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Gold lost almost $120 over the week. What is the reason for that decline and what does it mean for the gold market?

The yellow metal was supposed to shine if Trump won. Instead, the price of gold declined about 9 percent from almost $1,340 reached during the election night. What happened? There are three main reasons (from the fundamental point of view) behind gold’s free fall. First, the uncertainty diminished, as the two of the worst fears of 2016 – Brexit and Trump’s victory – had already materialized, but the world had not collapsed. Actually, Brexit will be more gradual than thought, while Trump softened his style and started to act presidential. The reduced worries mean weaker safe-haven demand for gold.

Second, the Fed is still going to hike in December, which casts a shadow over the gold market. The stock market rally after the elections removes the last possible excuse (i.e. the financial turmoil after the election) for the Fed not to raise interest rates at the next meeting. Indeed, the market odds of such a hawkish move in December are nearly 86 percent.

Third, real interest rates increased, as one can see in the chart below. Investors are expecting that Trump’s fiscal stimulus will accelerate economic growth (and the fiscal deficit) – this is probably why bond yields rose. Higher nominal rates without accompanying inflation translated into higher real interest rates which are negative for gold, a non-interest bearing asset.

U.S. real interest rates

Chart 1: U.S. real interest rates (30-year – blue line; 20-year – red line; 10-year – green line; 5-year – purple line) over the last twelve months.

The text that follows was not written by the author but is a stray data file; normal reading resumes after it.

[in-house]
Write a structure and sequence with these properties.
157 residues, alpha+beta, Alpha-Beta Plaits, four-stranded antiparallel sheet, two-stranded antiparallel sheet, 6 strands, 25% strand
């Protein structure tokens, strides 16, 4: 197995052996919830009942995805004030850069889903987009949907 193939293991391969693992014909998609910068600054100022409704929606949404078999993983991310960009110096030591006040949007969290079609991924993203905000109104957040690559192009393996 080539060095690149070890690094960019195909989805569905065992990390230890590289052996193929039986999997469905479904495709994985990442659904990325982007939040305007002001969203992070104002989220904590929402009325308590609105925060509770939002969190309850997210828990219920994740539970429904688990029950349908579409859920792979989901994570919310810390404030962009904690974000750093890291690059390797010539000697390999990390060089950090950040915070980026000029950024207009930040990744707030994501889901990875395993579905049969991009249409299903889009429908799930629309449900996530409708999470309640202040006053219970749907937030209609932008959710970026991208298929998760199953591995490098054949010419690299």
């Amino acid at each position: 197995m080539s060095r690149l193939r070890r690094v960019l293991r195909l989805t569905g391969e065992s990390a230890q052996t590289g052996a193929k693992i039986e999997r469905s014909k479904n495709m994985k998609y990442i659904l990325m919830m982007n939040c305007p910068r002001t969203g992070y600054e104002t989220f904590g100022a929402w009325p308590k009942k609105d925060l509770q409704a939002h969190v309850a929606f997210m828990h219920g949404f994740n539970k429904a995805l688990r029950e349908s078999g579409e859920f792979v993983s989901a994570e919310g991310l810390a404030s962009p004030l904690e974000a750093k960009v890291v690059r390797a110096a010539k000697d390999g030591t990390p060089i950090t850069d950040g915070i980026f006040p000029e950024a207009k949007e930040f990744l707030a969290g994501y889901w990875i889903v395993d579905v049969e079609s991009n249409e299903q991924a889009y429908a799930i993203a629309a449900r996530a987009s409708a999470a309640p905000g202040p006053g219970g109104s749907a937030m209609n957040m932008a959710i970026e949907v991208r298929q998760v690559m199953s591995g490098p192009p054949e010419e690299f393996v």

The rise in Treasury rates was interpreted by some analysts as a negative sign that foreign buyers are pulling out the market. However, the U.S. dollar appreciated, while the VIX dropped (as the chart below shows), which means that the fear diminished and the confidence in the greenback is strong. Hence, it seems that the rise in interest rates reflects expectations of higher growth in the future.

The U.S. trade weighted U.S. dollar index against major currencies and the CBOE Volatility Index VIX

Chart 2: The U.S. trade weighted U.S. dollar index against major currencies (blue line, left axis) and the CBOE Volatility Index (red line, right axis) over the last year.

The key takeaway is that the price of gold went into free fall after the U.S. presidential election. Based on the fundamental information alone, it is definitely too early to state with certainty whether the decline signals an important structural change in the gold market or is just temporary turmoil (the upward trend after the surprising Brexit vote was only short-lived). However, the rise in bond yields (the decline in bond prices) is very meaningful and should not be neglected by investors. Now, the question is whether the changes in the bond market will ultimately be positive for gold (a substitute safe asset) or will remain negative due to the fact that in a growth environment it is smarter to invest in risky assets such as stocks rather than gold.